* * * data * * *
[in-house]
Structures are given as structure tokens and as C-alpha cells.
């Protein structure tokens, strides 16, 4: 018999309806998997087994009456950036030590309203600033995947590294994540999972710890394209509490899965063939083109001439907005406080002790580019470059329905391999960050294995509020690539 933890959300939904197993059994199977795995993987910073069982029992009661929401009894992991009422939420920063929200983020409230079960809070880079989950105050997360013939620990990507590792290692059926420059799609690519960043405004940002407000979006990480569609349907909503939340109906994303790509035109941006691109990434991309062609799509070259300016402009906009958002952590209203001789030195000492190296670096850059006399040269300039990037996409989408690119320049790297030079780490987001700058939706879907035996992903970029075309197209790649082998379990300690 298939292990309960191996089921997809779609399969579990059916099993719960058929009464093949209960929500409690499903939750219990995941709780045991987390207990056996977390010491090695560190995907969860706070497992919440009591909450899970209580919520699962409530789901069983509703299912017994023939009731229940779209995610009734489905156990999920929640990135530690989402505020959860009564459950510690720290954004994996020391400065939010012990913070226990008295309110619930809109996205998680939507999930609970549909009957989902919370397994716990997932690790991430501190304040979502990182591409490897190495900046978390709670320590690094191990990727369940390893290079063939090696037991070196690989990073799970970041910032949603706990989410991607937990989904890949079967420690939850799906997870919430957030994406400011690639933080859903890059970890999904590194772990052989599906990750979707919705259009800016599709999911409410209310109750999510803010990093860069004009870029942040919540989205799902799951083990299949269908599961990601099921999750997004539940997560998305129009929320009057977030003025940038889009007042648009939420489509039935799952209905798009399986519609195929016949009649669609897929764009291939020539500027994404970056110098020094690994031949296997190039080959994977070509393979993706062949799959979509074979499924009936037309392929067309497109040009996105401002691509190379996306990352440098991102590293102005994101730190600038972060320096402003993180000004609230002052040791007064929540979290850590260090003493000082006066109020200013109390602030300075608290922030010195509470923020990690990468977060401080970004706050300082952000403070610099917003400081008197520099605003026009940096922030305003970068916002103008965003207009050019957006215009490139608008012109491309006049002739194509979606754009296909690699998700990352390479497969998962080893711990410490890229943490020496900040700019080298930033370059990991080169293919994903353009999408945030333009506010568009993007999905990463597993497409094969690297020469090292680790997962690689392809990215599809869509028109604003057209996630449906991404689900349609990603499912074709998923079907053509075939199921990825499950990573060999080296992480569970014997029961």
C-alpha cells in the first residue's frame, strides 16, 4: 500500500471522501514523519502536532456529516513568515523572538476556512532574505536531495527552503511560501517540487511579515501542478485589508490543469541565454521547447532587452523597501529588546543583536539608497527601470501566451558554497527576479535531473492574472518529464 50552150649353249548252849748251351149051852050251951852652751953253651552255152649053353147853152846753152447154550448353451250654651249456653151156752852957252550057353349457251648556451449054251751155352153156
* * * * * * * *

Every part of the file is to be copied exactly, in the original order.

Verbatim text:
[in-house]
Structures are given as structure tokens and as C-alpha cells.
């Protein structure tokens, strides 16, 4: 018999309806998997087994009456950036030590309203600033995947590294994540999972710890394209509490899965063939083109001439907005406080002790580019470059329905391999960050294995509020690539 933890959300939904197993059994199977795995993987910073069982029992009661929401009894992991009422939420920063929200983020409230079960809070880079989950105050997360013939620990990507590792290692059926420059799609690519960043405004940002407000979006990480569609349907909503939340109906994303790509035109941006691109990434991309062609799509070259300016402009906009958002952590209203001789030195000492190296670096850059006399040269300039990037996409989408690119320049790297030079780490987001700058939706879907035996992903970029075309197209790649082998379990300690 298939292990309960191996089921997809779609399969579990059916099993719960058929009464093949209960929500409690499903939750219990995941709780045991987390207990056996977390010491090695560190995907969860706070497992919440009591909450899970209580919520699962409530789901069983509703299912017994023939009731229940779209995610009734489905156990999920929640990135530690989402505020959860009564459950510690720290954004994996020391400065939010012990913070226990008295309110619930809109996205998680939507999930609970549909009957989902919370397994716990997932690790991430501190304040979502990182591409490897190495900046978390709670320590690094191990990727369940390893290079063939090696037991070196690989990073799970970041910032949603706990989410991607937990989904890949079967420690939850799906997870919430957030994406400011690639933080859903890059970890999904590194772990052989599906990750979707919705259009800016599709999911409410209310109750999510803010990093860069004009870029942040919540989205799902799951083990299949269908599961990601099921999750997004539940997560998305129009929320009057977030003025940038889009007042648009939420489509039935799952209905798009399986519609195929016949009649669609897929764009291939020539500027994404970056110098020094690994031949296997190039080959994977070509393979993706062949799959979509074979499924009936037309392929067309497109040009996105401002691509190379996306990352440098991102590293102005994101730190600038972060320096402003993180000004609230002052040791007064929540979290850590260090003493000082006066109020200013109390602030300075608290922030010195509470923020990690990468977060401080970004706050300082952000403070610099917003400081008197520099605003026009940096922030305003970068916002103008965003207009050019957006215009490139608008012109491309006049002739194509979606754009296909690699998700990352390479497969998962080893711990410490890229943490020496900040700019080298930033370059990991080169293919994903353009999408945030333009506010568009993007999905990463597993497409094969690297020469090292680790997962690689392809990215599809869509028109604003057209996630449906991404689900349609990603499912074709998923079907053509075939199921990825499950990573060999080296992480569970014997029961």
C-alpha cells in the first residue's frame, strides 16, 4: 500500500471522501514523519502536532456529516513568515523572538476556512532574505536531495527552503511560501517540487511579515501542478485589508490543469541565454521547447532587452523597501529588546543583536539608497527601470501566451558554497527576479535531473492574472518529464 50552150649353249548252849748251351149051852050251951852652751953253651552255152649053353147853152846753152447154550448353451250654651249456653151156752852957252550057353349457251648556451449054251751155352153156